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Omoclavicular/Subclavian Triangle

The neck is divided into many triangles and sub-triangles in order to facilitate the description and localization of various structures located in the area. One such triangle is the omoclavicular, also called the subclavian triangle, which is part of the larger posterior triangle of the neck.

This article explains the contents and the borders of the subclavian triangle.

Triangles of the Neck

The neck is divisible into an anterior and a posterior triangle by the sternocleidomastoid muscle on the anterior and lateral aspects. Each of these triangles are composed of sub-triangles that are bounded or defined by structures that are both visible and palpable, and structures that are not palpable. The anterior triangle may be further subdivided into the following triangles: 

  • submental - apex at the chin, hyoid bone as base, anterior bellies of digastric muscles as sides
  • carotid - posterior belly of digastric and stylohyoid as superior base, sternocleidomastoid as lateral side, superior belly of omohyoid as medial side
  • muscular - median line of the neck as base, anterior margin of sternocleidomastoid as inferior side, superior belly of omohyoid as superior side
  • digastric - anterior belly of digastric anteroinferiorly, posterior belly of digastric and stylohyoid as the base, mandible as lateral side, anterior belly of digastric as medial side

Anterior triangle of the neck - lateral-right view

Anterior triangle of the neck - lateral-right view

The posterior triangle includes the sub-triangles given below:

  • occipital (posterior edge of sternocleidomastoid as anterior side, anterior edge of trapezius as posterior side and inferior belly of omohyoid as inferior base)
  • supraclavicular (omoclavicular)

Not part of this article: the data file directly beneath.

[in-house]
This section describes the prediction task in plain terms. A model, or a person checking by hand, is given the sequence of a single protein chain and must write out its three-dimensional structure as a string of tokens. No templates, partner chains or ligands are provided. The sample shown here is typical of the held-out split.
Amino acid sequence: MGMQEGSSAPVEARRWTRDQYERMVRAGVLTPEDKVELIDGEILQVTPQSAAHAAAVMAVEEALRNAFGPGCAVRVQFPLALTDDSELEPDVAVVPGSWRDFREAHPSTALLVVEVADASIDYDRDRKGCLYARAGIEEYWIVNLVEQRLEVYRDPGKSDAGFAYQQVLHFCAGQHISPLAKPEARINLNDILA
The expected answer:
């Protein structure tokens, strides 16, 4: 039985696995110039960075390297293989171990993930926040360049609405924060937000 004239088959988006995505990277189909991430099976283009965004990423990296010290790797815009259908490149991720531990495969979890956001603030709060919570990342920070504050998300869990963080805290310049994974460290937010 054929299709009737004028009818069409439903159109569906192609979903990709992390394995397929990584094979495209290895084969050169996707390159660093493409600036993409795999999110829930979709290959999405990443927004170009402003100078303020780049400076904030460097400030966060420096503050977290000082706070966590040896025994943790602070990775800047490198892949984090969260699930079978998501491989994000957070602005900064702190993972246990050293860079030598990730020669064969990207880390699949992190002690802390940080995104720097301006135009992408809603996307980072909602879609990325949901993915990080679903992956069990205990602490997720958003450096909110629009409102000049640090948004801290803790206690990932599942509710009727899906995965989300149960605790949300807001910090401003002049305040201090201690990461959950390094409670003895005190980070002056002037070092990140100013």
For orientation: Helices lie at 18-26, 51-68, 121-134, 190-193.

Omoclavicular/Subclavian Triangle

Contents

The omoclavicular triangle, which is also called the subclavian triangle because the third part of the subclavian artery is located in it, is indicated on the surface of the neck by the supraclavicular fossa which is also the lowest portion of the posterior triangle.

Supraclavicular fossa - ventral view

Supraclavicular fossa - ventral view

This triangle is clinically relevant. For example it is a common site for the palpation of pathologically enlarged lymph nodes, as well as a site where the pulsations of great veins may be seen. It contains:

  • the subclavian artery
  • the inferior part of the external jugular vein,
  • the investing layer of deep cervical fascia which separates the vessels mentioned above,
  • the trunks of the brachial plexus, which may be felt above and behind the triangle

Subclavian artery - lateral-right view

Subclavian artery - lateral-right view

Borders

The subclavian triangle is bounded by the:

  • clavicle inferiorly
  • posterior border of sternocleidomastoid anteriorly 
  • inferior belly of the omohyoid muscle superiorly
  • first digitation of serratus anterior muscle and the first rib inferiorly, forming the floor of the triangle. This is owing to the fact that the posterior end of the first rib may be felt as fullness in the posterior aspect of the fossa.

Sternocleidomastoid muscle (green) and subclavian triangle - lateral-right view

Sternocleidomastoid muscle (green) and subclavian triangle - lateral-right view

Summary

Contents of the omoclavicular/subclavian triangle are as follows:

The borders of the triangle are:

  • clavicle inferiorly
  • posterior border of sternocleidomastoid anteriorly 
  • inferior belly of the omohyoid muscle superiorly
  • first digitation of serratus anterior muscle and the first rib inferiorly, forming the floor of the triangle.
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Show references

References:

  • K.L. Moore and A.F Dalley: Clinically Oriented Anatomy, 5th edition, Lippincott Williams & Wilkins (2006), p. 1058.

Author, Review and Layout:

  • Onome Okpe
  • Jérôme Goffin
  • Catarina Chaves

Illustrators:

  • Anterior triangle of the neck - lateral-right view - Paul Kim
  • Supraclavicular fossa - ventral view - Irina Münstermann
  • Subclavian artery - lateral-right view - Paul Kim
  • Sternocleidomastoid muscle (green) and subclavian triangle - lateral-right view - Paul Kim
© Unless stated otherwise, all content, including illustrations are exclusive property of Kenhub GmbH, and are protected by German and international copyright laws. All rights reserved.

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Triangles of the neck

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